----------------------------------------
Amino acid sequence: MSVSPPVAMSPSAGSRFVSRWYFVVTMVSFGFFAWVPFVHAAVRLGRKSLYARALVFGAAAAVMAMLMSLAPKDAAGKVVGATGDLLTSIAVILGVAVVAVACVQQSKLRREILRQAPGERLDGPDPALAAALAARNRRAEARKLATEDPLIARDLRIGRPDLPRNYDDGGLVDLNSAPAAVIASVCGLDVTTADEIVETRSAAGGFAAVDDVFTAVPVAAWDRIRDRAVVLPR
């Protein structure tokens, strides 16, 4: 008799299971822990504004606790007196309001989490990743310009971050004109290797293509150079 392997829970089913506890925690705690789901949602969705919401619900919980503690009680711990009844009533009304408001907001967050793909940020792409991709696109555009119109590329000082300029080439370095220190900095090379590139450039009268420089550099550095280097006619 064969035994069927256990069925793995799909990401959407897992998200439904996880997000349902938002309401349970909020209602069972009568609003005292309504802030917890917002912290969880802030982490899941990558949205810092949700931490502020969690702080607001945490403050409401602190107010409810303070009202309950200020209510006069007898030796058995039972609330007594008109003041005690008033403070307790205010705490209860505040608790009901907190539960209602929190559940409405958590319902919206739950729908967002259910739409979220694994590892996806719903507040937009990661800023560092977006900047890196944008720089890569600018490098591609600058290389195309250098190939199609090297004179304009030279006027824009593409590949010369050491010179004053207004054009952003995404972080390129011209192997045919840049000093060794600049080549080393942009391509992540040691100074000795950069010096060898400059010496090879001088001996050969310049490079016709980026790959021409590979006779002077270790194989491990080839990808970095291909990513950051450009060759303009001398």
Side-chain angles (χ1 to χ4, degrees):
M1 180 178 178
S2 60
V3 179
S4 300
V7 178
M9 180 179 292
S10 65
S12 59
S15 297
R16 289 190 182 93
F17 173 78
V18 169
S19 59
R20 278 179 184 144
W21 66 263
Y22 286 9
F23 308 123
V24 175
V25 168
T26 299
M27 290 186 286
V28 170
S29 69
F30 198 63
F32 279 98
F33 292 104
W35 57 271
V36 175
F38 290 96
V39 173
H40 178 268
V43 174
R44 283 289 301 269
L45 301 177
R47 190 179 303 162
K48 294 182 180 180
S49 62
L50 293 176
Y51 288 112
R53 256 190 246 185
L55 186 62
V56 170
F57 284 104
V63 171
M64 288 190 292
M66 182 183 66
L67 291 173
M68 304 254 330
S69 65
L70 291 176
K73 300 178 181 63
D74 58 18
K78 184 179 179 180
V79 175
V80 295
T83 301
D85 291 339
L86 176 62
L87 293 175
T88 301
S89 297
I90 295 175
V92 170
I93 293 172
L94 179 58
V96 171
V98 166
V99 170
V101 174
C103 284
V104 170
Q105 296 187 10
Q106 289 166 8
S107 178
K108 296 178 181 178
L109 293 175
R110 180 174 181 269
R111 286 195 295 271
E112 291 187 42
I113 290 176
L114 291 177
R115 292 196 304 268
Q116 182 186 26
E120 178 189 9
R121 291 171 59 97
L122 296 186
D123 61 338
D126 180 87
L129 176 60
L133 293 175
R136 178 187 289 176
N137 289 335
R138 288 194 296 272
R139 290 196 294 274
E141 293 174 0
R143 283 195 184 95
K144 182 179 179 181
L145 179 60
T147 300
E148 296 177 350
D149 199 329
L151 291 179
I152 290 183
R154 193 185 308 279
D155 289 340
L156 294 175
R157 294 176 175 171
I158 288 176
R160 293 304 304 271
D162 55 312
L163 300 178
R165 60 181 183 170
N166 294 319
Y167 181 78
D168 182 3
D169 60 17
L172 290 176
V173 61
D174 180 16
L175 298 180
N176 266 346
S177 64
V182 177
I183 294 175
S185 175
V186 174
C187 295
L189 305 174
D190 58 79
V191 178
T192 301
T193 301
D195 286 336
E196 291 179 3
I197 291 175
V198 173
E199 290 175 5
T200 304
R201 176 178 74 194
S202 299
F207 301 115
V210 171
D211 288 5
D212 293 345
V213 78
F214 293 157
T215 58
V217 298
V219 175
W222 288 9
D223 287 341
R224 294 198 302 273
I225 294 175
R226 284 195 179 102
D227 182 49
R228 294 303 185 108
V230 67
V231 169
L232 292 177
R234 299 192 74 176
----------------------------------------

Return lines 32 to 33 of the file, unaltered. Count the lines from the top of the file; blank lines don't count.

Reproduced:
F38 290 96
V39 173